The Making of Stones
A powerful, lyrical exploration of what it means to be lover, wife, daughter and mother.
“In The Making of Stones, poet Andrea Eames takes us through a journey of such profound intimacy and honesty one can’t help but come away feeling a little stunned. The opening poem, ‘If You Love Me’ could easily be as much for the reader as for an unnamed lover, as it perfectly encapsulates what this breathtaking collection is all about: the too-much, the all-encompassing nature of being female. In these pieces, Eames artfully blends vulnerability, sensuality, and spirit with lyrical language and poetic technique, and in the process creates a collection that makes us feel that everything—life, love, the world itself—is too much to experience sanely, and yet, that this is what makes it perfect.” — Sarah Hackley Montalbano, author of The Things We Lose.
“The Making of Stones begins with an autopsy and ends with a question. In between is all open-eyed, tender terror. Everything is seen and felt and tasted and heard here. Hold your breath, dive in, immerse yourself fully. Become what the poet wants you to become: a lover, undressed and intrepid before her. I dare you.” — Jenna Martin Opperman.
Now available online from: Amazon | Amazon UK | in local bookstores: Bookwoman | BookPeople | Half-Price Books North Lamar | and in New Zealand bookstores: Scorpio Books (Christchurch) | Unity Books (Wellington)
The White Shadow
“Look after your sister, Tinashe.”
Tinashe is a young Shona boy living in a small village in rural Rhodesia. The guerilla war of the late 1960s haunts the bushlands, but it only infrequently affects his quiet life; school, swimming in the river, playing with the other kids on the kopje. When his younger sister, Hazvinei, is born, Tinashe knows at once that there is something special about her. Their life in the village, once disturbed only by the occasional visits of his successful uncle and city cousin, Abel, now becomes entangled with the dual forces of the Shona spirit world and the political turmoil of the nation. As Tinashe, Hazvinei and Abel grow older, their destinies entangle in ways they never expected. Tinashe is prepared to follow his sister anywhere – but how far can he go to keep her safe when the forces threatening her are so much darker and more sinister than he suspected?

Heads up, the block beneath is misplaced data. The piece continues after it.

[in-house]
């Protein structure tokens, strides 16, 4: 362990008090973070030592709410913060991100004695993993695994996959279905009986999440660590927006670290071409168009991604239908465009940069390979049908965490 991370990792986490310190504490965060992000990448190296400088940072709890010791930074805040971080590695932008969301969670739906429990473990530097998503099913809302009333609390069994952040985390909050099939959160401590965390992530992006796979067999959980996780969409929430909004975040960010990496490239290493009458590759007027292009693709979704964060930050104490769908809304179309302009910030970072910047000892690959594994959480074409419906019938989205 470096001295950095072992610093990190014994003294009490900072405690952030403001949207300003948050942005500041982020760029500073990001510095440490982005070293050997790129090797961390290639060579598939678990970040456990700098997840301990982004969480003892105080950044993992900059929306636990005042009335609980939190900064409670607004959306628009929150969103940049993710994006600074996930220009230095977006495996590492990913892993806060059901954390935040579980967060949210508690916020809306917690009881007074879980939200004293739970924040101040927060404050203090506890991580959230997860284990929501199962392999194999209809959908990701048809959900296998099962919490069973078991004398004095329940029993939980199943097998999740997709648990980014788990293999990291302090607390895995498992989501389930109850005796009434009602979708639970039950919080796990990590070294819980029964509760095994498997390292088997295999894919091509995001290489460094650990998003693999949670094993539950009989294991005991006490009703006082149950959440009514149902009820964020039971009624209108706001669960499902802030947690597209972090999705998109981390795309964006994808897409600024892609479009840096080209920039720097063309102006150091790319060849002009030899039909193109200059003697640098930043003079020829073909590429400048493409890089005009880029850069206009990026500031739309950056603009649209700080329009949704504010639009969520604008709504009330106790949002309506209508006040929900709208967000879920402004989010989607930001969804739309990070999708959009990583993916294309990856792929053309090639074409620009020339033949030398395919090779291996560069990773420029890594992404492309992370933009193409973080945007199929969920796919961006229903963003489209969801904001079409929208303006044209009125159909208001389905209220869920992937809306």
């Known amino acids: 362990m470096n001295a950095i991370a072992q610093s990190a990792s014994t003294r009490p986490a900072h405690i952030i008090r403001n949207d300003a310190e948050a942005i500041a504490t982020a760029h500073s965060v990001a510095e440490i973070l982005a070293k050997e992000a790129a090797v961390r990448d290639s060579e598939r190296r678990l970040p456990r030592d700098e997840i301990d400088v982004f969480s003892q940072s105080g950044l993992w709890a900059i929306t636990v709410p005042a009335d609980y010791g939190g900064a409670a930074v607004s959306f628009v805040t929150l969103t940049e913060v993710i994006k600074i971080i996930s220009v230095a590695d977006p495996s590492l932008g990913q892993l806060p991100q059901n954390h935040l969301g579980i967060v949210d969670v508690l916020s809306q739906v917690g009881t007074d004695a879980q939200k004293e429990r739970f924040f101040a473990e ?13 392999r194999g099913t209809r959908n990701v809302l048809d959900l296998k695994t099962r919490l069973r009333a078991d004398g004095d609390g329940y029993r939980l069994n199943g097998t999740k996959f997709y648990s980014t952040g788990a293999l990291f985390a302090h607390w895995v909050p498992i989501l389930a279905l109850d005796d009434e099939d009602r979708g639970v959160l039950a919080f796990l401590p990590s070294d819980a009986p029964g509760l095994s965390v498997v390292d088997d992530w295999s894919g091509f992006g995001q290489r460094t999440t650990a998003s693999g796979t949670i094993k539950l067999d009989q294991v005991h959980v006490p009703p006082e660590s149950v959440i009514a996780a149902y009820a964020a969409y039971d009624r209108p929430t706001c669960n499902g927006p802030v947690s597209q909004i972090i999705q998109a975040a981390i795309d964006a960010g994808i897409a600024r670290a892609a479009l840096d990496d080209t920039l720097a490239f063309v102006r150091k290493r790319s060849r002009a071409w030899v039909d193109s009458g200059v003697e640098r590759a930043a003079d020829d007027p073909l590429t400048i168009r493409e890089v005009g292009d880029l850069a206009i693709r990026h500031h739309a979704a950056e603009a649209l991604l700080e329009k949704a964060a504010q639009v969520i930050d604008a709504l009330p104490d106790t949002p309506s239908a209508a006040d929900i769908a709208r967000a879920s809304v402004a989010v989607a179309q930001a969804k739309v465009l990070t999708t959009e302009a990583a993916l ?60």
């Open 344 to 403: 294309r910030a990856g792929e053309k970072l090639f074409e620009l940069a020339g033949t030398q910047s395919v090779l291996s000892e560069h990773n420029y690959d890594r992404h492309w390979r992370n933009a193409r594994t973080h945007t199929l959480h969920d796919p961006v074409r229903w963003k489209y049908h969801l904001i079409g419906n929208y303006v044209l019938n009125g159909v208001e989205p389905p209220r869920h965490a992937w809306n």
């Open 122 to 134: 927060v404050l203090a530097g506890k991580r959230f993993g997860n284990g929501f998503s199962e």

The Cry of the Go-Away Bird
Elise is a young white Zimbabwean in the 1990s. Her clothes are always clean and ironed, there is always tea in the silver teapot, gins and tonics are served on the verandah, and, so she believes, black and white are living in harmony. As Mugabe’s presidency turns sour, however, this idyllic and privileged world begins to crumble into anarchy – and Elise discovers that behind her paradise lay inequalities and horrors that she had never imagined.
Told through the eyes of a young girl, ‘The Cry of the Go-Away Bird’ follows the struggle of one white farming family to stay afloat in the collapsing economy and escalating horror of Mugabe’s Zimbabwe. When the farm invasions begin, the violence threatens to destroy their way of life forever, and escaping the vengeful ghosts of their past seems impossible.